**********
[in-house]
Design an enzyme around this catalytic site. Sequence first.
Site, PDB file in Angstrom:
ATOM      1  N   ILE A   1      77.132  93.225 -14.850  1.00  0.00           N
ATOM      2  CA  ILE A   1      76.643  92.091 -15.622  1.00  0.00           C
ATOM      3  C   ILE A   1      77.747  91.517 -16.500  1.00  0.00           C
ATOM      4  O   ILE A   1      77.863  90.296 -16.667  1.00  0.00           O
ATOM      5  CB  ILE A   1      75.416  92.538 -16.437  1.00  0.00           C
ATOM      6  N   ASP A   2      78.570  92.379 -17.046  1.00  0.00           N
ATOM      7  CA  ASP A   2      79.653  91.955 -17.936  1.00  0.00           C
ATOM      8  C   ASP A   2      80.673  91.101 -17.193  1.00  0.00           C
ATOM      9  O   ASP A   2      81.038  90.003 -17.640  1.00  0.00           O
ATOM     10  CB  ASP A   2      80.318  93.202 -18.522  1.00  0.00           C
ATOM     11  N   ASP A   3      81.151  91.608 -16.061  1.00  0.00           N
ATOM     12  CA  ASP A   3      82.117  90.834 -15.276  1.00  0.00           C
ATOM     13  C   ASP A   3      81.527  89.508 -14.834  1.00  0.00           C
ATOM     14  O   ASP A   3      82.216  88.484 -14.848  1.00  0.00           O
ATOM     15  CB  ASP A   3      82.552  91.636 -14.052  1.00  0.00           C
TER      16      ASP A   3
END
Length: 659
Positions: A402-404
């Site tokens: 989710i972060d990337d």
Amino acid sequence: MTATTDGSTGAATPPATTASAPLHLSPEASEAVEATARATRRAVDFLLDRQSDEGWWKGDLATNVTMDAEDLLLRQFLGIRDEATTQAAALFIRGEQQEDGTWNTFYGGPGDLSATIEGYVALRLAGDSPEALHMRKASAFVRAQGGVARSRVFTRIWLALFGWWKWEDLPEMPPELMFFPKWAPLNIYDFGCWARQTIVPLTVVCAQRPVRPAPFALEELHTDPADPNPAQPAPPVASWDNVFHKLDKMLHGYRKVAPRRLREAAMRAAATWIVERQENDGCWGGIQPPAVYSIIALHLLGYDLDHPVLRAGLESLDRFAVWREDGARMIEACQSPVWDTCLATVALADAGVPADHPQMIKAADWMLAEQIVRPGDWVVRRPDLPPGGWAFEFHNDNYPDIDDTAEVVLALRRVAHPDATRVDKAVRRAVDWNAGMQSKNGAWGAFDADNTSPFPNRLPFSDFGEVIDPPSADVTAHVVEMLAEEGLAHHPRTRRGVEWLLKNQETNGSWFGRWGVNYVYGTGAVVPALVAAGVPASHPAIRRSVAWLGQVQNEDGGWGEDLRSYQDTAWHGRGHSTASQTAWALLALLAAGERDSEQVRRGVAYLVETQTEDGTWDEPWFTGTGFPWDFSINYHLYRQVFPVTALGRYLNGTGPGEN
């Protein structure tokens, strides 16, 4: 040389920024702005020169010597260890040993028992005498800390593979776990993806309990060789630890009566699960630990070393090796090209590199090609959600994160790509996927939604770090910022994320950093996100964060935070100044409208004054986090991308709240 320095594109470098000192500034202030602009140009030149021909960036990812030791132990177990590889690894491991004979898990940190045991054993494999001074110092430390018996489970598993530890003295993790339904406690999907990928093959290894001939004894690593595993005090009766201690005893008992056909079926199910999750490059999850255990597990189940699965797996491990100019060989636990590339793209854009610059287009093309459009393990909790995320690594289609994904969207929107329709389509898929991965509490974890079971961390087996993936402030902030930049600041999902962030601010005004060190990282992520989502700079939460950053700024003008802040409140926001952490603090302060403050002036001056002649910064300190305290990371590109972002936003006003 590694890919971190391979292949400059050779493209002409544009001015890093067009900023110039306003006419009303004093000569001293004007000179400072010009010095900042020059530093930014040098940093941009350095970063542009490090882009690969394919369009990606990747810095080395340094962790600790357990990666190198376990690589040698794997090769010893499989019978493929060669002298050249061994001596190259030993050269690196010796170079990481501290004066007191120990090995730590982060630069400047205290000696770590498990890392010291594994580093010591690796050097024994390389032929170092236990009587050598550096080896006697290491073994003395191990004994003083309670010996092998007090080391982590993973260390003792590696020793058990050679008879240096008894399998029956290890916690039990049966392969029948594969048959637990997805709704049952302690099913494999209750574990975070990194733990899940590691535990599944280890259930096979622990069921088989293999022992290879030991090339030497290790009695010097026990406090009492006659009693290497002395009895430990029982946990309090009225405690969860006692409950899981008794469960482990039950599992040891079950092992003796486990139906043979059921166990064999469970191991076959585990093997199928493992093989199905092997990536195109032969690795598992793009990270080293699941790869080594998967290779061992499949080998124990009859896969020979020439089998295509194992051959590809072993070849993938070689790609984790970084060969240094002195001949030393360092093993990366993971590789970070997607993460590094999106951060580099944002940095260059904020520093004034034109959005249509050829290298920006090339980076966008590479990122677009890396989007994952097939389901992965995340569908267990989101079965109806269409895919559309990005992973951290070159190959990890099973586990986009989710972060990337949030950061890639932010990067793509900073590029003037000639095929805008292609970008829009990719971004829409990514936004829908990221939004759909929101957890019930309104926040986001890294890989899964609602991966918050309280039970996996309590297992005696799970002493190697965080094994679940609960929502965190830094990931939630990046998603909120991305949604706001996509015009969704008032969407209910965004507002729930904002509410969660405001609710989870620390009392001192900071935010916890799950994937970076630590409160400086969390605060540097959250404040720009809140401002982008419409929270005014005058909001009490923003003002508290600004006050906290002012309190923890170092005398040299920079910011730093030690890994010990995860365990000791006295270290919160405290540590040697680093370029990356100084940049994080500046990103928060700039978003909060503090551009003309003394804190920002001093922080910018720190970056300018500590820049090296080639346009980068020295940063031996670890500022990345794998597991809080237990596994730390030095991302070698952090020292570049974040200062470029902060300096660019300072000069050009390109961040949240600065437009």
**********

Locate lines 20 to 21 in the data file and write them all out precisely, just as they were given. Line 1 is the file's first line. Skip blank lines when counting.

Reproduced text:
END
Length: 659